This is a full chapter from one of the stories of my book True Crime Stories Vol.3.
The Disappearance and Murder of Ryan Lane
The modern world has provided all of us with some pretty amazing things that have made our lives easier. Cars and airplanes have made travel a breeze, while dishwashers, washers, and dryers have allowed us to have easier domestic lives.
And who can live without a smart-phone?
It is true that science and technology have made life in industrialized countries easier in some ways, but psychologists, psychiatrists, and sociologists have argued that our use of, and some would say dependence on, technology in our daily lives has been a major factor in the decline of interpersonal relationships.
One does not have to look very far to see some signs of this trend. Couples at restaurants out for dinner spend more time on their phones then they do talking with each other and people everywhere live in a virtual world where updating their social media sites is more important than developing relationships in the real world.
Marriage has long been considered one of the casualties of the modern age and now that we are firmly in the age of Internet, divorce rates are steadily increasing in the most industrialized nations.
Despite the now ubiquitous nature of divorce in the modern world, most people who find themselves in one eventually move on with their lives. Of course, things are more difficult when children are involved. Custody disputes can quickly turn an amicable divorce into one full of acrimony. Allegations of misconduct can be made and sometimes more than just feelings are hurt. Even so, most custody disputes end peaceably as both parents realize that years of bickering will only serve to further alienate their children and that a child needs to have a good relationship with both parents.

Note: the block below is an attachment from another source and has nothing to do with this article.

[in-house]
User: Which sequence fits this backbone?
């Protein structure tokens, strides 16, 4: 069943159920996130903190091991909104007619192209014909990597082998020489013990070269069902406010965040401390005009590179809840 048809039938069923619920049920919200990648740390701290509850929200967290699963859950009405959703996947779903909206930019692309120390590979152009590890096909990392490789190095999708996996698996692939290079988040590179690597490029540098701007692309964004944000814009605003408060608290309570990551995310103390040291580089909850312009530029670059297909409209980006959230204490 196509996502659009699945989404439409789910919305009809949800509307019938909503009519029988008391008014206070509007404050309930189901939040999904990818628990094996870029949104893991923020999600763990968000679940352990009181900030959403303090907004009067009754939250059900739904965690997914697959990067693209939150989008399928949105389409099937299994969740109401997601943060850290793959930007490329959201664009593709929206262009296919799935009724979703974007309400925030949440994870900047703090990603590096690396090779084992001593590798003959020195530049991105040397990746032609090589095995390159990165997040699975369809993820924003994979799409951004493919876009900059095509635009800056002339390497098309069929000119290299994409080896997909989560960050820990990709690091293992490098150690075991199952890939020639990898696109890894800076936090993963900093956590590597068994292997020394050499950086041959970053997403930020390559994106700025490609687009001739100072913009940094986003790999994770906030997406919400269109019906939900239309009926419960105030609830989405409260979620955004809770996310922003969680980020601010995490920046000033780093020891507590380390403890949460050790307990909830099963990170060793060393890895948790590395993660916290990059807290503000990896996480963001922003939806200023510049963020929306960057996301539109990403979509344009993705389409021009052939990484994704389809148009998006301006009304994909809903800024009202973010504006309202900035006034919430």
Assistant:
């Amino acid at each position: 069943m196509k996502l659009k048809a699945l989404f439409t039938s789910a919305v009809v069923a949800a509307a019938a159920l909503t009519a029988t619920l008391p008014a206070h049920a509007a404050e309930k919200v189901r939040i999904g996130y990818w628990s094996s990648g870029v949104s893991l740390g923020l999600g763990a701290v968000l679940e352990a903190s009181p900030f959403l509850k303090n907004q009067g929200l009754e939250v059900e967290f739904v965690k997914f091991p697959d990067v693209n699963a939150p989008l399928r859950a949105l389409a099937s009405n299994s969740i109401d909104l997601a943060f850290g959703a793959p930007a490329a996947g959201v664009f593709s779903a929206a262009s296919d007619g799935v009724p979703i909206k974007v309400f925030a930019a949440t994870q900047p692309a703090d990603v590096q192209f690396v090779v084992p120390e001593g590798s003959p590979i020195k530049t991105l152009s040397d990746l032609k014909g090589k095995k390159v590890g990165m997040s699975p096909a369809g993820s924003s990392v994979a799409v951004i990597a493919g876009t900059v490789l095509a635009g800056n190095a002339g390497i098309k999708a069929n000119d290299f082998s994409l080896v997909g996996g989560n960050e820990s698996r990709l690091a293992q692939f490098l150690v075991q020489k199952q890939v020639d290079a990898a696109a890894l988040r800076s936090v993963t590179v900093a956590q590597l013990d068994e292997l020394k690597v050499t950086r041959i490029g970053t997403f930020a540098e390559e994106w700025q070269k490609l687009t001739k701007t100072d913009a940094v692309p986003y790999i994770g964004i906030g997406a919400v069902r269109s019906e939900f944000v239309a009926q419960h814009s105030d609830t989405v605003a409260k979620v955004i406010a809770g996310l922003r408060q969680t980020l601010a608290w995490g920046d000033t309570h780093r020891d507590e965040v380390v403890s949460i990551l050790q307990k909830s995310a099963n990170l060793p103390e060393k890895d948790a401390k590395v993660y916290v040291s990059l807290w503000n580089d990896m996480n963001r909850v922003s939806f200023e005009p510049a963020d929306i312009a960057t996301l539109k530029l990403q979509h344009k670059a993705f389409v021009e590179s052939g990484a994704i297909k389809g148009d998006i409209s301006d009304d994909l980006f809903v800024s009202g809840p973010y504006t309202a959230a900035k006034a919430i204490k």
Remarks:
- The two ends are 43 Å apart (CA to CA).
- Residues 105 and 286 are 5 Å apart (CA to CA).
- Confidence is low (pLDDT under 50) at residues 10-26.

But in some rare cases, one of the parents involved in a custody dispute believes that he or she and the children involved will be better served if the other parent is taken out of the equation.
In February 2012, Ryan Lane was a twenty-four-year old father living in Calgary, Alberta, who was hoping to get closer to his young daughter. Life had not been particularly easy for Lane. He had trouble finding decent-paying employment and did not get along very well with the mother of his daughter, an ex-girlfriend who had fulltime custody of their child.
Despite these setbacks, Lane was young and determined to put his life on a positive path. He was working and had recently spoken with a lawyer about establishing specific times to see his daughter. His daughter’s mother, Sheena Cuthill, was protective of the child to the point of obsession and would rarely let Lane visit her. Initially, Lane was fine with the arrangement, but once he matured a little he decided he wanted to develop a relationship with his child.
Lane won a judgement in family court that allowed him visitation of his daughter. On February 6, 2012, he met with Cuthill at a local pizza restaurant to discuss the details of the visitation agreement.
All seemed well for Lane.
Then the next day Lane received a mysterious call from a stranger who asked to meet with him to discuss a custody arrangement. Lane’s family was immediately disturbed by the call and Ryan’s father Bruce warned against him going to the meeting.
“What’s he gonna do, stab me, or something?” said Ryan to Bruce.
Bruce pleaded with his son to let him come along, but Ryan insisted he go alone, as that was what the caller had stated. Ryan then walked to a nearby strip mall to meet the mysterious caller, but his father followed behind in his car despite his son’s objections.
Bruce Lane then watched as his son got into a red pickup, which then drove off.